By the end of 2019, cumulative market capitalization of the 200 largest banks only slightly exceeded that of the seven largest big tech companies, with both groups representing roughly $6 trillion of value. The disparity is not surprising, given the valuation ratios for the two groups: big techs traded with price-to-book ratios above 5.0 during 2019, while the banks had been stuck in the price-to-book range of 0.8 to 1.2 for much of the last decade, reflecting historical lows in return on equity as well as poor expectations for future growth and profitability.
In 2020, this valuation gap widened further. By the end of July, the market capitalization for the seven “biggest techs” exceeded $8 trillion dollars, almost double the market cap of the top 200 banks. Investors appear to be betting on “technology” versus “banking,” and reshaping the investment landscape in the process.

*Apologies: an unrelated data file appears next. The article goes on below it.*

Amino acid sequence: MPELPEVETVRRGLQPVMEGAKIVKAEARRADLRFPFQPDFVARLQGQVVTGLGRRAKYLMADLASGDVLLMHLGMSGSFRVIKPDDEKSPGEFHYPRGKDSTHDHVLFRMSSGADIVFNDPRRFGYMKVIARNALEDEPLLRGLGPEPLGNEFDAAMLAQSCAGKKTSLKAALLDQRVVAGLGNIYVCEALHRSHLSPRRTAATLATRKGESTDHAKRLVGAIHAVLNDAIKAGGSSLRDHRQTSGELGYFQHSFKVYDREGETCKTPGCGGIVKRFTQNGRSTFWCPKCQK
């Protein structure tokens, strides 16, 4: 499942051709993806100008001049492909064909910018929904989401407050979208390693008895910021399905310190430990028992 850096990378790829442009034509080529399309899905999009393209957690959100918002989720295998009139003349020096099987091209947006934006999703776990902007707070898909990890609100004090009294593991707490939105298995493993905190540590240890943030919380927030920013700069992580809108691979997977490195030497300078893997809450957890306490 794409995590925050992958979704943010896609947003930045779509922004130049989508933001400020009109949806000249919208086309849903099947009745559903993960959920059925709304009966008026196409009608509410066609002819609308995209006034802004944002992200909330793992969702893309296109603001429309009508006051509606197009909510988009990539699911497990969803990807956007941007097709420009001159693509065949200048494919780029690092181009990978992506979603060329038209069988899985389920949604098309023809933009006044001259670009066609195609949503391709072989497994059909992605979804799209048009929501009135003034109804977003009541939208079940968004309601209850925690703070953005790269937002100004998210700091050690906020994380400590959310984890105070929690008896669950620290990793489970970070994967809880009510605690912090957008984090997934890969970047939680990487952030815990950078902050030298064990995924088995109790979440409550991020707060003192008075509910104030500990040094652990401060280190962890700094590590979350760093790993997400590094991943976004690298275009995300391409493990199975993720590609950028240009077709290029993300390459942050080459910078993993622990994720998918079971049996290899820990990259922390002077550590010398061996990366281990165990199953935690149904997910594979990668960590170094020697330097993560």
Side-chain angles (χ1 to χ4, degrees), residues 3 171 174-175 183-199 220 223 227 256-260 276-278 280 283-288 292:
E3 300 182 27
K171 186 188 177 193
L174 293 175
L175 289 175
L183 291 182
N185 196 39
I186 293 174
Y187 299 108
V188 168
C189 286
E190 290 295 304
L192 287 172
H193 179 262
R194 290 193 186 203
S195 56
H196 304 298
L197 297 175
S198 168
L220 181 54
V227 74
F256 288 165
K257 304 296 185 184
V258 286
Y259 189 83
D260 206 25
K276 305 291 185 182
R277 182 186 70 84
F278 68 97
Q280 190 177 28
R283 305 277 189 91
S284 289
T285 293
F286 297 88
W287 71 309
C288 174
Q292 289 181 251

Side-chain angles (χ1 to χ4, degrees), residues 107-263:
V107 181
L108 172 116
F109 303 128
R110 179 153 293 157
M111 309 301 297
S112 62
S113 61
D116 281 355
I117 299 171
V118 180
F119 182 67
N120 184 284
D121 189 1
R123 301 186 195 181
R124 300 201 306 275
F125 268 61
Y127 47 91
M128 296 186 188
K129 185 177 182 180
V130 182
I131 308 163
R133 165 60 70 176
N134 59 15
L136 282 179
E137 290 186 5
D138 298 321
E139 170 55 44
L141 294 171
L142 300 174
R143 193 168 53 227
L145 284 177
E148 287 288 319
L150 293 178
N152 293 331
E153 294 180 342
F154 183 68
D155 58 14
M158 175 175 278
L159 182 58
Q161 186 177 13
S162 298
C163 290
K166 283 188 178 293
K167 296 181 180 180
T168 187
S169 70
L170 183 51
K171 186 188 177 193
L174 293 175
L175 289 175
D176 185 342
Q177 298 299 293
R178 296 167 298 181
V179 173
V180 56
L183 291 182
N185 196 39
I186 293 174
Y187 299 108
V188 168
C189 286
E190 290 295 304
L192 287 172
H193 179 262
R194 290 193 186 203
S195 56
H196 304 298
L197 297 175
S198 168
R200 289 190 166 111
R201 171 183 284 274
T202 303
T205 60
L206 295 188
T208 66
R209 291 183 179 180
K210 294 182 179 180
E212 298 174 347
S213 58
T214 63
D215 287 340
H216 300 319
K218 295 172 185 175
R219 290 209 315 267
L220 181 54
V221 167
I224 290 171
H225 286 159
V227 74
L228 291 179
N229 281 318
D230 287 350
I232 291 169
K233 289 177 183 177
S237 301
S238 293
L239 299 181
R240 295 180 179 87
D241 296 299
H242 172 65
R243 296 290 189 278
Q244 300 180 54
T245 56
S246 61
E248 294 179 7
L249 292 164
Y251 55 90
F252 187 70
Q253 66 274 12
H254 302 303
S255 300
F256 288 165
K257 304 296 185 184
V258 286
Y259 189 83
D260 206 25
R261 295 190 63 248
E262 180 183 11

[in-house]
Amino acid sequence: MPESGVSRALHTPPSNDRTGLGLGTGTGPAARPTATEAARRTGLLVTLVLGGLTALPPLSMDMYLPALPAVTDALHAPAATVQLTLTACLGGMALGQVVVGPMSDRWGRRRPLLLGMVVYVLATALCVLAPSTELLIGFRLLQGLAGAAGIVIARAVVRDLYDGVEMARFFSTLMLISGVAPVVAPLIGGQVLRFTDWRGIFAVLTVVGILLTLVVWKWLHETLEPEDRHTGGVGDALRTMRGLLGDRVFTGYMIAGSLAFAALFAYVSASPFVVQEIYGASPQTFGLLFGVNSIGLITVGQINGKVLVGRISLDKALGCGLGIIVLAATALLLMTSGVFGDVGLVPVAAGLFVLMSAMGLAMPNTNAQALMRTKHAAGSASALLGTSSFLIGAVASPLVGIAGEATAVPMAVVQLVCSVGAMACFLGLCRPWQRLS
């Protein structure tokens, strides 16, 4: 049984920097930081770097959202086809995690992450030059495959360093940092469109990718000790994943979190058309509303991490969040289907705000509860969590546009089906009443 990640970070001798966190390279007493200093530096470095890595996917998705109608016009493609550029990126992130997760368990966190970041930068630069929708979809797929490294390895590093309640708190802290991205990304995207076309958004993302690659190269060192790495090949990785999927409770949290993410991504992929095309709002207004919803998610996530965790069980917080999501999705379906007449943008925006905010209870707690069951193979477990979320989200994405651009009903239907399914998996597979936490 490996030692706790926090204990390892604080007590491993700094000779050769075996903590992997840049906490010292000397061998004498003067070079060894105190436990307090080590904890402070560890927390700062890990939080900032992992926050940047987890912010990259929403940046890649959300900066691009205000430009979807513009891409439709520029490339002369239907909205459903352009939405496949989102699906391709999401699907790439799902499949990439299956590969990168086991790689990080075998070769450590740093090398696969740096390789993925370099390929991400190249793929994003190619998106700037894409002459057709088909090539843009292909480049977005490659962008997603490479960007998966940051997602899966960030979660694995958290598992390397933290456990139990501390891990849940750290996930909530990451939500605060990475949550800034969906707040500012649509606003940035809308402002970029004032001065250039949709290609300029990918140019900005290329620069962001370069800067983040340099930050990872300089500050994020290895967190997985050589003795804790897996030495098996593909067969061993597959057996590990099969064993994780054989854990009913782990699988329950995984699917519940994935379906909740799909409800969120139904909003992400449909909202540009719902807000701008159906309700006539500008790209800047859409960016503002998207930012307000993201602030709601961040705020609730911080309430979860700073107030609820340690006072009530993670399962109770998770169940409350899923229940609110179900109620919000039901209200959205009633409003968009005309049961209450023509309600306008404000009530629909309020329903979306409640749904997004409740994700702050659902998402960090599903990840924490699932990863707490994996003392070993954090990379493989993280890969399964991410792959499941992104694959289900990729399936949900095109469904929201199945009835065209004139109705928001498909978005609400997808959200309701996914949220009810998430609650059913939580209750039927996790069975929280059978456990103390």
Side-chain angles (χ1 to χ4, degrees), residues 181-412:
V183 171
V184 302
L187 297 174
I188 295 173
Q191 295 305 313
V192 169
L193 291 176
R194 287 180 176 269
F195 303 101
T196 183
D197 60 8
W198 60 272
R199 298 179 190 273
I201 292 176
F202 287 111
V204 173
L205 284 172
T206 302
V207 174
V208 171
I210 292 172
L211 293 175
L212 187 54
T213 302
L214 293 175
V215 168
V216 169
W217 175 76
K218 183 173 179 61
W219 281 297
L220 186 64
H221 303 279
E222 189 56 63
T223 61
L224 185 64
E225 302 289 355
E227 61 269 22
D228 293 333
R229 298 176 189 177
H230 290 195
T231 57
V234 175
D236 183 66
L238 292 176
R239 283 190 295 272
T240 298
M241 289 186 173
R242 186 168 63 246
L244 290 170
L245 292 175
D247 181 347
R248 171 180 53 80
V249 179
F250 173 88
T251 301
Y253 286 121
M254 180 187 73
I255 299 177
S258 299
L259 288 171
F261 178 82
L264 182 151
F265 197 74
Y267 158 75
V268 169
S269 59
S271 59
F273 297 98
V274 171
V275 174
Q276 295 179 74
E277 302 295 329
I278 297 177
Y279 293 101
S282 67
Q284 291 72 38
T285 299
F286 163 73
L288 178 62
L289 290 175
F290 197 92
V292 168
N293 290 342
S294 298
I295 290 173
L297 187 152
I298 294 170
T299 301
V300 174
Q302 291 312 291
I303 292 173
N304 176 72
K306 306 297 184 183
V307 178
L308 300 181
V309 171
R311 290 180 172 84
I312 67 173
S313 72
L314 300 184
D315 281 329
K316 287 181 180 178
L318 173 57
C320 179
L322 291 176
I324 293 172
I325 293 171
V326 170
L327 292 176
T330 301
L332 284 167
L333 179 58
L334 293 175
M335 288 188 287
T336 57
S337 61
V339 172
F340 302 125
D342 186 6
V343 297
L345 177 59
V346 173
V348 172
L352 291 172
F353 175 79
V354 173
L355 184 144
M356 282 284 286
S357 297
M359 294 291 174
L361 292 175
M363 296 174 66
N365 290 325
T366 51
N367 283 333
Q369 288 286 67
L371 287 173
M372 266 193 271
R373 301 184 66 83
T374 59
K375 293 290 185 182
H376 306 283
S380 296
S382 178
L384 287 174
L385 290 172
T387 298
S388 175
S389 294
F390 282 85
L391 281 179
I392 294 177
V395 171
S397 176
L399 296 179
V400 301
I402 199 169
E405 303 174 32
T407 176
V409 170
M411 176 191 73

Part of the preference for big techs is explained by their improved performance in financial services (see examples in exhibit). It is also possible that investors see big tech firms as more resilient to the impact of COVID-19, and less vulnerable to crises in the global economy. Overall, investor demand is visibly higher for technology stocks, and “supply” is limited, resulting in an imbalance which impacts valuations.
While the current valuation gap may be tied to the current crisis environment, it may have long-term implications for both the big tech and banking industries. Where it fits in their strategic plans, some big techs are likely to continue moving into financial services; for example, through acquisitions or further investments in data and customer experience. For banks, the path forward seems clear: to play a meaningful role in the emerging cross-industrial digital ecosystems, they will need to accelerate their strategies for retaining and gaining customers.